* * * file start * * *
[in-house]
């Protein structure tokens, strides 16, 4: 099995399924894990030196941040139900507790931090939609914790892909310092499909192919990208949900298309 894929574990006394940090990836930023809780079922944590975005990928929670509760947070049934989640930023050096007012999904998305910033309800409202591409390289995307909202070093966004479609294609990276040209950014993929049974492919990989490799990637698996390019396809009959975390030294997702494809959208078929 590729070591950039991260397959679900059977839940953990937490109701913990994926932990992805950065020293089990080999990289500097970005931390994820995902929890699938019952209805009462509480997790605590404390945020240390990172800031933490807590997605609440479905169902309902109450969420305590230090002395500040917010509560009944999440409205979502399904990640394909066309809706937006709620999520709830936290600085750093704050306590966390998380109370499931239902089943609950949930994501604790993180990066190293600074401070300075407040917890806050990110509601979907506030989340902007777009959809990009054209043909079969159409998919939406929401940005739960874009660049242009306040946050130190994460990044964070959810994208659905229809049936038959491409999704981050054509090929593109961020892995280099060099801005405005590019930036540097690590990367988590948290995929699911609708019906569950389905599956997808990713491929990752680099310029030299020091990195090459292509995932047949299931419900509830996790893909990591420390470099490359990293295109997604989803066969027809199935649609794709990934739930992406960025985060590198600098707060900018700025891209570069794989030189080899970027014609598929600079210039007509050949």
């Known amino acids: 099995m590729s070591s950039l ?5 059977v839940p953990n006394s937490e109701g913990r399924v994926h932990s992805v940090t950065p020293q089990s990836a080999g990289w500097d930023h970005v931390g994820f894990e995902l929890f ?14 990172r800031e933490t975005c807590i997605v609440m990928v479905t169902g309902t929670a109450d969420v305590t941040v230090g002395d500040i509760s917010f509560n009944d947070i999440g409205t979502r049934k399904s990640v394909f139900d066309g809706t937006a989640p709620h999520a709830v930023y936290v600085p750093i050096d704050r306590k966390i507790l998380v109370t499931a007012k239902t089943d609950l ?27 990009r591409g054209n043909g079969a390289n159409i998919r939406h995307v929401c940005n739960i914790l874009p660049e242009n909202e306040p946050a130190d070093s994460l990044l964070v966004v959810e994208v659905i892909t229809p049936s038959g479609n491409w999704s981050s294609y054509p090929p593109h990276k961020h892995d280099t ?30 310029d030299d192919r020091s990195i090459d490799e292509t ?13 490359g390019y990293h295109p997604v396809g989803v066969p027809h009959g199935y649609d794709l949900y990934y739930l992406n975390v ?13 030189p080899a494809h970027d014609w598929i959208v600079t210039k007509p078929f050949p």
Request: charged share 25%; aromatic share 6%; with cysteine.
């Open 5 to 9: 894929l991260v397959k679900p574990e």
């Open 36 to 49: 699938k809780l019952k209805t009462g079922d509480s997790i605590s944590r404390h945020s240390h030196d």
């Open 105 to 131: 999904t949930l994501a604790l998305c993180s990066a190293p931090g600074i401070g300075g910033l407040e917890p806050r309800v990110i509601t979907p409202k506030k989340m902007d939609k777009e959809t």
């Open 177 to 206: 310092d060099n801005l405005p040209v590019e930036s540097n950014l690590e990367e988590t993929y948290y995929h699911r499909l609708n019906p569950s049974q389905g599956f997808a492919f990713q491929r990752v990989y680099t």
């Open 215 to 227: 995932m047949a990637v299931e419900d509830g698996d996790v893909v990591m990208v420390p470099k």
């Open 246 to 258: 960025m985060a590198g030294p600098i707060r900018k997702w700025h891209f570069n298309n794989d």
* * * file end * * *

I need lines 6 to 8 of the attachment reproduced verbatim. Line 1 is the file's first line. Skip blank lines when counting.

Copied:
């Open 36 to 49: 699938k809780l019952k209805t009462g079922d509480s997790i605590s944590r404390h945020s240390h030196d």
């Open 105 to 131: 999904t949930l994501a604790l998305c993180s990066a190293p931090g600074i401070g300075g910033l407040e917890p806050r309800v990110i509601t979907p409202k506030k989340m902007d939609k777009e959809t």
């Open 177 to 206: 310092d060099n801005l405005p040209v590019e930036s540097n950014l690590e990367e988590t993929y948290y995929h699911r499909l609708n019906p569950s049974q389905g599956f997808a492919f990713q491929r990752v990989y680099t």